Consider rewinding: During a rewind, the motor coil is removed, rewound and reinstalled. Rewinding should be considered before replacement; not only does it optimize energy consumption, but it returns motors to peak energy efficiency levels with less than .5% efficiency loss. However, if rewinding costs 60% or more of the cost to purchase and install a new motor, motor replacement is recommended.
Strategically purchase motors: Your motor selection has a significant impact on your energy consumption levels. While many only consider the purchase and installation costs, the motor’s life-cycle costs should receive the most consideration. In fact, 95% of the life-cycle costs are directly linked to the motor’s energy consumption over its useful life.
Across the industry, facilities have reduced their energy consumption, understanding that it presents a host of unique opportunities and benefits. Energy changes don’t need to be exhaustive or expensive to have a large impact, as many have found.
DuPont, a chemical manufacturer, began using Six Sigma to implement simple energy-saving methods that required no monetary investment and saved $250,000 on their annual electricity bill.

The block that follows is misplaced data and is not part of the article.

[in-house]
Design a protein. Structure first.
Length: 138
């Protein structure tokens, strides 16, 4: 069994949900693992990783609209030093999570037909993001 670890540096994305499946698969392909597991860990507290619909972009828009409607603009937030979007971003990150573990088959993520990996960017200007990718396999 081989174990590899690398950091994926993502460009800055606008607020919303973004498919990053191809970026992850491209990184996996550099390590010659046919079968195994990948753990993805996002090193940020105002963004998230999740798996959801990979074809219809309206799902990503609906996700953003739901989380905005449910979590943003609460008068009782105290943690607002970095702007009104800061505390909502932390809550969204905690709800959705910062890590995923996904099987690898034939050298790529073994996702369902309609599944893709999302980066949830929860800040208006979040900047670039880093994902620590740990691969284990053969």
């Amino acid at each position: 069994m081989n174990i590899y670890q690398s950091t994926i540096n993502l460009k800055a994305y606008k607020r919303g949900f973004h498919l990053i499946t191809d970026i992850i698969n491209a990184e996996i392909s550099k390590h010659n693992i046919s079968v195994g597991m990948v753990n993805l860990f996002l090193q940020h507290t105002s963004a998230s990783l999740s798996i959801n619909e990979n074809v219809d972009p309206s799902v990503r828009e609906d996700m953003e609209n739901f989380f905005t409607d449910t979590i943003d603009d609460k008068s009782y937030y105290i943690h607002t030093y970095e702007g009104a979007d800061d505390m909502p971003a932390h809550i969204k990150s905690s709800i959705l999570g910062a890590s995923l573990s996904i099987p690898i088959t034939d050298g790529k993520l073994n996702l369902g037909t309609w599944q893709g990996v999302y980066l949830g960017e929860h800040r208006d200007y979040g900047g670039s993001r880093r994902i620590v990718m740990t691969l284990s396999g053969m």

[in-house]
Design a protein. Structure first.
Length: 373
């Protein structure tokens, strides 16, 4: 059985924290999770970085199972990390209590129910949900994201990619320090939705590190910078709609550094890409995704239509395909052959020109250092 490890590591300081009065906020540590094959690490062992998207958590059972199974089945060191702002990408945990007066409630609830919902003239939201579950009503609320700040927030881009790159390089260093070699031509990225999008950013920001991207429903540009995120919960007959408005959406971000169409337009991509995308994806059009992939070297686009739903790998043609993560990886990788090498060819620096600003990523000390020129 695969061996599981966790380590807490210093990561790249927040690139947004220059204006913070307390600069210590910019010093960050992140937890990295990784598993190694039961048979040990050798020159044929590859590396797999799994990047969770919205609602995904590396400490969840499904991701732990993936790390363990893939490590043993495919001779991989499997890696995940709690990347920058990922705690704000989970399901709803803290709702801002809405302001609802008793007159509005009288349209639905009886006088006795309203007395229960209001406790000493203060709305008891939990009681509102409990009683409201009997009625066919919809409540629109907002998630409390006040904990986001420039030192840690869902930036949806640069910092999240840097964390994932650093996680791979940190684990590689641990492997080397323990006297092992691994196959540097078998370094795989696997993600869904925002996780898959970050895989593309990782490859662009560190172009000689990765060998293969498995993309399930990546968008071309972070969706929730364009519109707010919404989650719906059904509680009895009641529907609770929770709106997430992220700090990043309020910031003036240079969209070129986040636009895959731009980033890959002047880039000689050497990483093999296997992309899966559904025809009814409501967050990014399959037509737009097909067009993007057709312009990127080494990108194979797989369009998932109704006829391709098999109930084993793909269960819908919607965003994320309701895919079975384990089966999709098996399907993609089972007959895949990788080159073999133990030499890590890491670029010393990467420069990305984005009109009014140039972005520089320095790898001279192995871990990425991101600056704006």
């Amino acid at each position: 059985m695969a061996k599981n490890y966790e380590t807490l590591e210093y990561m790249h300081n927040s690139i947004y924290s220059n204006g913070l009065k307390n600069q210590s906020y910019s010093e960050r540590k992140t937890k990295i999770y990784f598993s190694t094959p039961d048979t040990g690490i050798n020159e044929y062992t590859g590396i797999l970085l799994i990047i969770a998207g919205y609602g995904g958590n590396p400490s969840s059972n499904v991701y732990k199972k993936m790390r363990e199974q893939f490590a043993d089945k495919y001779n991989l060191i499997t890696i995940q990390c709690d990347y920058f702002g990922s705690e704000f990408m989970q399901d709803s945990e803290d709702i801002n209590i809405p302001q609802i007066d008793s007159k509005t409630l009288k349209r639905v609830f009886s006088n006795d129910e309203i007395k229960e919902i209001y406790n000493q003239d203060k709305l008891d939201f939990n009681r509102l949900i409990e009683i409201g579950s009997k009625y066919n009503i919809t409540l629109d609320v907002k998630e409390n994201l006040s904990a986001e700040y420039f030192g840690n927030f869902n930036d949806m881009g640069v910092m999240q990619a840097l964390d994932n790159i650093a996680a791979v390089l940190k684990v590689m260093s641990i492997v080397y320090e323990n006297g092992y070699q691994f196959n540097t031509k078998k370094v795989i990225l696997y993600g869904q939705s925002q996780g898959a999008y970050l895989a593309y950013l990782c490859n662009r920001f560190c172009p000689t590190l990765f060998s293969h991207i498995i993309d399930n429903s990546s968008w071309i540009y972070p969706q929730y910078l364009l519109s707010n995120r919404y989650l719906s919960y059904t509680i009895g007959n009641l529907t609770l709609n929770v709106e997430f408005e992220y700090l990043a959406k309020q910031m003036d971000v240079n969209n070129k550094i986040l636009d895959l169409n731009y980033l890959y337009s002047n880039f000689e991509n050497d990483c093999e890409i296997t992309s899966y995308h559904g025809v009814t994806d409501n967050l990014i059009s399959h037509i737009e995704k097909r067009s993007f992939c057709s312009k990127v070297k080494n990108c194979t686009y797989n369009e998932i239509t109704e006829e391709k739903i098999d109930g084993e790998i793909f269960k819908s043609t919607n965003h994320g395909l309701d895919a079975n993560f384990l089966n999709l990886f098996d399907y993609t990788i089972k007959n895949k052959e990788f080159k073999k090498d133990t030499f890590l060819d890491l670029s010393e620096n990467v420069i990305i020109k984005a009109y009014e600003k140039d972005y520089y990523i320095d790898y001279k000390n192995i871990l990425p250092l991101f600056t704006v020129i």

Volvo Trucks made changes that reduced their energy consumption by 25%. This included turning off dock lights at night, adjusting building temperatures by five degrees, which saved $30,000 each month, and installing radiant heating systems in the shipping buildings, which saved nearly $500,000 annually.
Sherwin-Williams surpassed its ten-year energy efficiency goal in a single year by making small changes. They updated their steam system valves and used the produced heat to warm their factory. They also discovered their main boiler had excess capacity that was only utilized two months out of the year and made the switch to their lower-capacity backup boiler for the remainder of the year. In total, these changes reduced their annual energy consumption by 26%.
While these programs made changes in different ways, they all had several factors in common that contributed to their success, including:
Waste exists at every level of our operation. While waste will never be completely eliminated, it is our responsibility to minimize its effects on our business. By identifying how we are producing waste, such as our electricity consumption, and taking active steps to minimize its presence and consequences, we can increase our profitability and productivity while securing our spot as competitive lean leaders within the marketplace.